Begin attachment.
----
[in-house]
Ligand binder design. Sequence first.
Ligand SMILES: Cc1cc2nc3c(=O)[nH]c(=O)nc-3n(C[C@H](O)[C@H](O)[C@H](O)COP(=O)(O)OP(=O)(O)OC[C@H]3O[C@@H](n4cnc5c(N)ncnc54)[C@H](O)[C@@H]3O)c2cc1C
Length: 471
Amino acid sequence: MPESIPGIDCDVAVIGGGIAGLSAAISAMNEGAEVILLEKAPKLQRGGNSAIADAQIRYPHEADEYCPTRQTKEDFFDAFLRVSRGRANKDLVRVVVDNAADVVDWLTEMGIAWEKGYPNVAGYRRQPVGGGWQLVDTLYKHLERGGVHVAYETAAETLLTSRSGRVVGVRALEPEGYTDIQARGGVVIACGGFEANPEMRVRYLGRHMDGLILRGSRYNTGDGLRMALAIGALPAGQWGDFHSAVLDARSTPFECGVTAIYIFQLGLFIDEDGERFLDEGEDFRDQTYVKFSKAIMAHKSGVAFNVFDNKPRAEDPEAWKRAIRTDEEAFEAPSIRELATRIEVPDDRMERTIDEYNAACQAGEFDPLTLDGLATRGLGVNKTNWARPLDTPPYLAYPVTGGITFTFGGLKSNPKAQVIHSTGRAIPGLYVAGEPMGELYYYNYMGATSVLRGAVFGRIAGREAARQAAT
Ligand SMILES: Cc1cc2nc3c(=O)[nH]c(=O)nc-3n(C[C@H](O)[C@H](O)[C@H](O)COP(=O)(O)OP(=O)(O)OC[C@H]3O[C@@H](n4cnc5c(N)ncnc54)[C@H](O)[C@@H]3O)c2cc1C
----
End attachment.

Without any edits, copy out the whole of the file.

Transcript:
[in-house]
Ligand binder design. Sequence first.
Ligand SMILES: Cc1cc2nc3c(=O)[nH]c(=O)nc-3n(C[C@H](O)[C@H](O)[C@H](O)COP(=O)(O)OP(=O)(O)OC[C@H]3O[C@@H](n4cnc5c(N)ncnc54)[C@H](O)[C@@H]3O)c2cc1C
Length: 471
Amino acid sequence: MPESIPGIDCDVAVIGGGIAGLSAAISAMNEGAEVILLEKAPKLQRGGNSAIADAQIRYPHEADEYCPTRQTKEDFFDAFLRVSRGRANKDLVRVVVDNAADVVDWLTEMGIAWEKGYPNVAGYRRQPVGGGWQLVDTLYKHLERGGVHVAYETAAETLLTSRSGRVVGVRALEPEGYTDIQARGGVVIACGGFEANPEMRVRYLGRHMDGLILRGSRYNTGDGLRMALAIGALPAGQWGDFHSAVLDARSTPFECGVTAIYIFQLGLFIDEDGERFLDEGEDFRDQTYVKFSKAIMAHKSGVAFNVFDNKPRAEDPEAWKRAIRTDEEAFEAPSIRELATRIEVPDDRMERTIDEYNAACQAGEFDPLTLDGLATRGLGVNKTNWARPLDTPPYLAYPVTGGITFTFGGLKSNPKAQVIHSTGRAIPGLYVAGEPMGELYYYNYMGATSVLRGAVFGRIAGREAARQAAT
Ligand SMILES: Cc1cc2nc3c(=O)[nH]c(=O)nc-3n(C[C@H](O)[C@H](O)[C@H](O)COP(=O)(O)OP(=O)(O)OC[C@H]3O[C@@H](n4cnc5c(N)ncnc54)[C@H](O)[C@@H]3O)c2cc1C